Omar Carreño was born in Porlamar, Venezuela and studied both in Venezuela, at the Escuela de artes Plásticas y Aplicadas, and in Europe, in Paris, Rome and Venice.
While in Paris, Carreño joined Los Disidentes, a group of Venezuelan artists residing in Paris who rejected the traditional artistic education received in their home country. Thus Carreño became interested in the abstractionist tendencies of the time.
By 1950 he had made many abstract paintings. His Tres Tiempos, a geometric work from1950 is now in the Patricia Phelps de Cisneros collection in Caracas. This predates Soto’s abstract work.
In 1951 Carreno began making geometric works that were transformable and manipulable, which he called “polipticos.” In May 1952 he had a one man show at the Galeria Arnaud in Paris entitled “Peintures reliefs” in which he exhibited these irregular and transformable works. One of these, “Poliptico 4” was reproduced in the memorial album of the 6th Salon de Realites Nouvelles, published in 1952. It was also a stellar attraction for an individual exposition of 96 of Carreno’s works in 1983 at the Museo Espanol de Arte Conemporaneo in Madrid (now the Reina Sofia), and was used as the poster for the show. Many of these works are now in the collection of the Museo de Bellas Artes in Caracas.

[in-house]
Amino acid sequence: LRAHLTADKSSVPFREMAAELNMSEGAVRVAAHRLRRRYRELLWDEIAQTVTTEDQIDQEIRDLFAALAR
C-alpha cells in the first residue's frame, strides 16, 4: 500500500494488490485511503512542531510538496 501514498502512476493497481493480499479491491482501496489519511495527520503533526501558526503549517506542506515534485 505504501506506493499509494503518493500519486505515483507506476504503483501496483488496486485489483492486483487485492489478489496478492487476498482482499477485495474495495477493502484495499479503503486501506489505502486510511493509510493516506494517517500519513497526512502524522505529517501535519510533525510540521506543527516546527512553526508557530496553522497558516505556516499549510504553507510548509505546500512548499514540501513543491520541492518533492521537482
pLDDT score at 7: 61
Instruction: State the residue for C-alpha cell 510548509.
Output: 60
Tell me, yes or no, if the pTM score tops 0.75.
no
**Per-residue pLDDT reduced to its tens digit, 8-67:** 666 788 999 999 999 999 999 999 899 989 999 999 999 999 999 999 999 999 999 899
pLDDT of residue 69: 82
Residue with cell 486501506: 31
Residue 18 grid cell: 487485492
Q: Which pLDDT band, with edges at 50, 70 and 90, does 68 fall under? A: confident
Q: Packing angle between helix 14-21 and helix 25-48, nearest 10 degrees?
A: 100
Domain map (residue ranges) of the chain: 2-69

Early in 1952 Luis Guevara Moreno invited Carreno to participate in a MADI show at the Galeria Suzanne Michel in Paris. Thus Carreno’s irregular transformable works were exhibited a full year and a half before the first Yaacov Agam exhibit in Paris in the fall of 1953. Carreno, rather than Agam, is the initiator of transformable works in the post war era. Carreno initiated works of transformable light in 1967. He continued having individual expositions in France, Spain, Venezuela and Italy, and participated in the Venice Biennial of 1972. He wrote several “Manifiesto Expansionistas” about transformable art and other articles about the relation between art and science.
Today he works both in Caracas and in Paris.